Enterprises through the years have spent a lot of time and money trying to get their office environments just right. The goal, of course, is to make employees more productive and happy — which, theoretically, benefits the enterprise’s bottom line.
Office perks and features can range from the archetypal foosball table to stand-up desks to office gyms and more.
But as Workplace Insight reports, the vast majority (79%) of employees surveyed by British relocation firm Kiwi Movers say “reliable and modern technology is more important to them than office aesthetics.” Even more, while accessories “such as ping pong tables, slides, hammocks and wacky office designs may look good in pictures…they don’t necessarily make employees any happier or productive.”
Indeed, the survey found that the only office perk used daily by more than half of employees (77%) was “free coffee.” One good guess as to why coffee is (or at least is perceived as) a productivity enhancer? You drink coffee while you’re working.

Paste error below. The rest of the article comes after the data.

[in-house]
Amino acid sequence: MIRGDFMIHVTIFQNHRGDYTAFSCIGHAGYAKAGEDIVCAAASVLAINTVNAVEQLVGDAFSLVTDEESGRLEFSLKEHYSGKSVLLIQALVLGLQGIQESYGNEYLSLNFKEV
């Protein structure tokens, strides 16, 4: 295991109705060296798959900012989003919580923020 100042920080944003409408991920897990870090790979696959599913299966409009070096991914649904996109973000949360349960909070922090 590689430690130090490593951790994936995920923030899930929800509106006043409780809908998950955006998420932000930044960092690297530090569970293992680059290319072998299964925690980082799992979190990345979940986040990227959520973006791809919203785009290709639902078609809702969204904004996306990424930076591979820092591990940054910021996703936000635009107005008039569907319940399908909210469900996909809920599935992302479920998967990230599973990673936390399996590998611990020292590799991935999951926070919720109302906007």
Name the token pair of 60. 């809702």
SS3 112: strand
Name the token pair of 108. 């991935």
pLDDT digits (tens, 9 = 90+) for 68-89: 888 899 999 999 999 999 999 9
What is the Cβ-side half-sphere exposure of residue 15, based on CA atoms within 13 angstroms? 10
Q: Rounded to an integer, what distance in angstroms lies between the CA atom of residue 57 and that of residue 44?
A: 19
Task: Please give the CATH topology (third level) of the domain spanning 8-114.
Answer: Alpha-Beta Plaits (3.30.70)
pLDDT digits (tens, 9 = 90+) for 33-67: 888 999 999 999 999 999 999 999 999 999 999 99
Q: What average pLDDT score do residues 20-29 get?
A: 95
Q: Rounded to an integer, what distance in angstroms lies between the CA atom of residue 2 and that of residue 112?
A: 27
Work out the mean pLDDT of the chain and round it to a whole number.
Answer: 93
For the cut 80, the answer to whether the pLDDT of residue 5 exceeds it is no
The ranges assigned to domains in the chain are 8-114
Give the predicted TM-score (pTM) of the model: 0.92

And working is just what most employees (including millennials) want and expect to do when they’re in the office. Consequently, they vastly prefer being allowed to use the technology tools of their choice to do their jobs — whether it’s a personal smartphone, mobile apps, collaboration tools or cloud storage.
Still, some employers can’t resist the siren call of gimmicky (and inexpensive) office perks. Among the “unusual office features” found to have no real value to employees were:
- Hay bales for sitting on instead of chairs
- Fake grass in meeting rooms
- Deck chairs
- An indoor picnic table with a parasol
- Motivational quotes on walls
- Music themed meeting rooms with song lyrics on the wall
- A throne in reception that nobody wants to sit on
- Beach huts
Admittedly, reliable wireless connectivity lacks the novelty factor of hay bale chairs and a reception room “throne,” but you’ll probably get a better ROI for your investment. Just sayin’.